A little know fact about Lilo is that, she suffers from fear based dog aggression. The root of the problem started when she was about one years old and another dog attacked her in a pet store. We still kick ourselves about that day because we should have been able to protect her… but instead, the attack left puncture wounds to her face and a deep emotional scar. After the incident, she was no longer able to go to the dog parks and beaches she once enjoyed. She would lash out at dogs for what seemed like no reason, but she was just afraid of what would happen if she did not. We knew that we had to help her, but we were unsure how… Thus the journey of Lilo’s dog aggression began.
Rewinding to the beginning, Lilo had come to us as an 8 week old puppy with some behavioral issues to start with. We had done extensive research on the breed to prepare ourselves for our first ever, dog. However, no amount of research could have prepared us for a husky puppy. Huskies are definitely wild at heart and true to many horror stories, Lilo was quite the devilish little pup. The first problem we noticed was food aggression. It was alarming at first, but we were able to train her out of it by hand feeding every meal, and adopting a “nothing in life is free” mantra. Basically, she had to work for her food. We also taught the “leave it” command, to which she caught on very quickly. It was a tedious process, but it was very successful in counter conditioning the food aggression. At 9 weeks, she was enrolled in puppy school at Petco. It proved too easy for our crazy pup and she quickly graduated with flying colors. It did not however, help with food aggression towards other dogs. So we set out to to find a training method that would help.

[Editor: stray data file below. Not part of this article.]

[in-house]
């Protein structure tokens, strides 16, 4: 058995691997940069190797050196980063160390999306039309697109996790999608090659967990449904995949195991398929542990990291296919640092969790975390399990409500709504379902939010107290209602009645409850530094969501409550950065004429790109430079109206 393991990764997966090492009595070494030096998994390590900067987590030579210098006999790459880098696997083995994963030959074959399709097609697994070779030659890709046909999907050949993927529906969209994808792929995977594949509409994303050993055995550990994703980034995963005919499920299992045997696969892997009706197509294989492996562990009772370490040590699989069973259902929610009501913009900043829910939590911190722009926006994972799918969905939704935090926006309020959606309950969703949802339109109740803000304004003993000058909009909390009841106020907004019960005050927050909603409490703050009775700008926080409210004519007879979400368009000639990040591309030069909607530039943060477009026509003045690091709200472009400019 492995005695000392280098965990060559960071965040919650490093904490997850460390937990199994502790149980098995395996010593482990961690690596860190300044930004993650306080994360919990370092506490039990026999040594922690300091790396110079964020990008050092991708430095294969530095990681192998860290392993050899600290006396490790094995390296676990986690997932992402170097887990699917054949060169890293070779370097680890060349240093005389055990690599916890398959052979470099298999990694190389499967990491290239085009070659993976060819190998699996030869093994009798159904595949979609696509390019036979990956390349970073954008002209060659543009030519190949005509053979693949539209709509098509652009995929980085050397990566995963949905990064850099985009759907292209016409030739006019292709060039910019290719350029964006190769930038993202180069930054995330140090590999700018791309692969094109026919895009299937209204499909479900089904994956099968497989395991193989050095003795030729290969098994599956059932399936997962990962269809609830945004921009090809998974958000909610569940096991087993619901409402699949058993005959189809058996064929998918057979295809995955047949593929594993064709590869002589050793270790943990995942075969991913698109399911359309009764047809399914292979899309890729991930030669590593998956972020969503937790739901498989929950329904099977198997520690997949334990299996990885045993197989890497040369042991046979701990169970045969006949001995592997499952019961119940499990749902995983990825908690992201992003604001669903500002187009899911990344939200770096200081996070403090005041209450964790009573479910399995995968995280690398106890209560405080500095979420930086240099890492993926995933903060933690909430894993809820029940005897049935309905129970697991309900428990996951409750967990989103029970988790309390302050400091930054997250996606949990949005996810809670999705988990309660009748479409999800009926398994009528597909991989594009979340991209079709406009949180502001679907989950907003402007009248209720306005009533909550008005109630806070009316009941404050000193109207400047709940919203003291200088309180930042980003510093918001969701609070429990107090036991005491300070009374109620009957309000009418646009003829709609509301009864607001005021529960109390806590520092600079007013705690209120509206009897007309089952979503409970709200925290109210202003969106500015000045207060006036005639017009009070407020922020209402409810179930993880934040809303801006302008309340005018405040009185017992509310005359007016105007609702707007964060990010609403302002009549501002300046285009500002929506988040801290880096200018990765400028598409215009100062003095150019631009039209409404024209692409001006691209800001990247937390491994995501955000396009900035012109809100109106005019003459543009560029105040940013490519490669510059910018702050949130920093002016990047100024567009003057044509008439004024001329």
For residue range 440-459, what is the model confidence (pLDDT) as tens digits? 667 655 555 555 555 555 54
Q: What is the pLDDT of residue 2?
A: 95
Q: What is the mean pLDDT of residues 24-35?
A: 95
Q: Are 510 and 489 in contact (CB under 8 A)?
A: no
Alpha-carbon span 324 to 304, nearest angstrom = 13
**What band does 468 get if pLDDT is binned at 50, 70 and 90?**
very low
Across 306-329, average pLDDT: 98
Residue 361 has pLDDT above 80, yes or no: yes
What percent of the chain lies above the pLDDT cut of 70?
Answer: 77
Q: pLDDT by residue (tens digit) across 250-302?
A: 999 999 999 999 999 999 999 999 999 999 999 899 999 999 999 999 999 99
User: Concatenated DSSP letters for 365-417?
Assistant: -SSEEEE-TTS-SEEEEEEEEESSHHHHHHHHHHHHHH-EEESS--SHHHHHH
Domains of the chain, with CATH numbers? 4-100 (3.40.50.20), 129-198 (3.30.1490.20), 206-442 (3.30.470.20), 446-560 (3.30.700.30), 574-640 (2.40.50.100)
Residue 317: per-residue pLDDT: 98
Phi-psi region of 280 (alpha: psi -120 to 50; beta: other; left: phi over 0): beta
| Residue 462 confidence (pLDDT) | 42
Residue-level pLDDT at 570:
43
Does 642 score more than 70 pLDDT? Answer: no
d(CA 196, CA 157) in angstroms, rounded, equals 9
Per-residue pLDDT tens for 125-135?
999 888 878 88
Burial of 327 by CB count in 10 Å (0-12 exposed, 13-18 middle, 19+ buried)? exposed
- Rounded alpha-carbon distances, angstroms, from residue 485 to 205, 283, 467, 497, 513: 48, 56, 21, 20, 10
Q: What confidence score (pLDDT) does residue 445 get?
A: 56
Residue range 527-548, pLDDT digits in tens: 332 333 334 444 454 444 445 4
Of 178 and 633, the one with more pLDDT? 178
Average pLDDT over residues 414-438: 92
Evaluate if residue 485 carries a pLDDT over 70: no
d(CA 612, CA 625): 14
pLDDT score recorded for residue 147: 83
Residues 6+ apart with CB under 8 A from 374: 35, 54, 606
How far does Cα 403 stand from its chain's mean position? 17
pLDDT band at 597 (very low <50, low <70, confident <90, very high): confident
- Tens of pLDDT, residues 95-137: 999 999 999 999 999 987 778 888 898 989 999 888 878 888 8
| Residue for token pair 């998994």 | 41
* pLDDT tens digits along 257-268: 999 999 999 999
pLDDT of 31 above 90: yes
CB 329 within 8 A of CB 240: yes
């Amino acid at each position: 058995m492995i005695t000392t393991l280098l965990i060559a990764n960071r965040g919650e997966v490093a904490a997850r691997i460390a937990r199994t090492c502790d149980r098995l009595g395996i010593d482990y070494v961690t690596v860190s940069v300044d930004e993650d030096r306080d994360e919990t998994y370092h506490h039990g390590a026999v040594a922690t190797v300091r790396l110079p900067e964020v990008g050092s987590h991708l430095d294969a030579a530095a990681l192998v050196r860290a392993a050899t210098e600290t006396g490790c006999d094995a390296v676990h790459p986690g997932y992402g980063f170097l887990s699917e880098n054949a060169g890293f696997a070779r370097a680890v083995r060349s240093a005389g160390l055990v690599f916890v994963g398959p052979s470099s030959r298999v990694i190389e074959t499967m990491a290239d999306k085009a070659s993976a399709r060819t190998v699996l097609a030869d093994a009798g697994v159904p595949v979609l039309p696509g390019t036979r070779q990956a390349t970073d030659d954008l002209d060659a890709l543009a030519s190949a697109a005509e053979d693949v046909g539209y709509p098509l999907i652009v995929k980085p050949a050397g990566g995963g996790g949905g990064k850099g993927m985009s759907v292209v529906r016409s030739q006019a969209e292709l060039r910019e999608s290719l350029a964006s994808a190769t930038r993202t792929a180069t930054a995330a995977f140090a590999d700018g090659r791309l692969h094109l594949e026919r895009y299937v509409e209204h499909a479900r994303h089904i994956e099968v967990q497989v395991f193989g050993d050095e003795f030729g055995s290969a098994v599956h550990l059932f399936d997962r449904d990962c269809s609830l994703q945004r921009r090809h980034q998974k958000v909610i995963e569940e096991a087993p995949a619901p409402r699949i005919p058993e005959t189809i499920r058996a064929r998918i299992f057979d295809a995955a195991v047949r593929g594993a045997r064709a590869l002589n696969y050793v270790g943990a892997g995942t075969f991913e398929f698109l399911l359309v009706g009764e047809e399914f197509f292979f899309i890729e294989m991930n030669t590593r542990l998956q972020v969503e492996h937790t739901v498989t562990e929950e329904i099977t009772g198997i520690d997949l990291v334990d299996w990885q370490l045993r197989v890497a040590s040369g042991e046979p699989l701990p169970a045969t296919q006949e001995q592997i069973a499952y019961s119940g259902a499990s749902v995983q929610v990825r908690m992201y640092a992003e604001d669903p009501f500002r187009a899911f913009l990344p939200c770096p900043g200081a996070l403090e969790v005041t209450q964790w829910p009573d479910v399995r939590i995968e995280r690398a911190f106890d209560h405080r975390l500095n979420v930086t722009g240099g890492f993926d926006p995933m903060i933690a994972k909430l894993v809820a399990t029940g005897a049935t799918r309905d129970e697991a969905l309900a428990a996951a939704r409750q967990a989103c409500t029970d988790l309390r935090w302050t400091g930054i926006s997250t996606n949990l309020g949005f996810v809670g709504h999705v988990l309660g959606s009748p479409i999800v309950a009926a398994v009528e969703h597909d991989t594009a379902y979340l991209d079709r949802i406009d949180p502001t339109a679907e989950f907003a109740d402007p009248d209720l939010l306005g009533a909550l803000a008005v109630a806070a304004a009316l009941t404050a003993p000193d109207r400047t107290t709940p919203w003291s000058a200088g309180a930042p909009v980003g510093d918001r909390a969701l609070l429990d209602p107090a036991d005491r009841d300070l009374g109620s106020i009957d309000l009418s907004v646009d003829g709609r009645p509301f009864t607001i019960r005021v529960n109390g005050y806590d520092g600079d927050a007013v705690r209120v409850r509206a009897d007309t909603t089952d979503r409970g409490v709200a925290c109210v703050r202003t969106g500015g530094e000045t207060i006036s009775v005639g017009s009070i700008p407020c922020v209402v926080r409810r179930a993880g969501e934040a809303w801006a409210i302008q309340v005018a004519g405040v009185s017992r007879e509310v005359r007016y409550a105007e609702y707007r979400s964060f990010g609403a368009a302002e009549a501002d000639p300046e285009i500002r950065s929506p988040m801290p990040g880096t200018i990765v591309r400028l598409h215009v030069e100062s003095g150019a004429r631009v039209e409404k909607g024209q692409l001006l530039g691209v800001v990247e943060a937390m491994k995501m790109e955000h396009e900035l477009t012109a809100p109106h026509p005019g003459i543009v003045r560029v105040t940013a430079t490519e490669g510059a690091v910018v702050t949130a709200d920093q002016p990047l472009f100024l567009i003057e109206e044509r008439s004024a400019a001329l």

At 3 months old, we enrolled Lilo in something called “formal training”. Formal training incorporated the positive reinforcement we had previously learned and combined it with corrective training. We worked incredibly hard for months perfecting obedience, recall, and agility. At the end of it all, Lilo walked away Canine Good Citizen (CGC) certified and top of her class! Formal training was AMAZING in setting down a foundation of trust and obedience that would really be tested later. Right around this time, Lilo was attacked at the pet store. We debated on going back to formal training in order to address her dog aggression, but her problem was not lunging or barking at other dogs– in fact, she could walk right next to one and have a solid focus on her handler. Lilo’s problem came when it was dog on dog interactions (i.e. sniffing or face to face interactions). She became uncomfortable and would lash out at the offending dog, often ending with full blown fights. This particular formal training school did not believe that dogs should interact at all. Naturally, they were also against dog parks, dog beaches, and dog social events. This was unrealistic to us, so we parted ways.
A year passed as we were looking and meeting with new potential trainers. Then Rosie came along and another year passed by without any breakthroughs in Lilo’s aggression. Lots of trainers came and went, unable to help her. We even took her to UCDavis School of Veterinary Medicine to see if they could help. Their advice was helpful, but not completely useful. We started avoiding other dogs completely and Lilo’s condition slowly worsened. We had come to the conclusion that Lilo did not need obedience training (many trainers use obedience as a management tool for aggressive dogs). Lilo already had the obedience, what she needed was the behavioral aspect of training.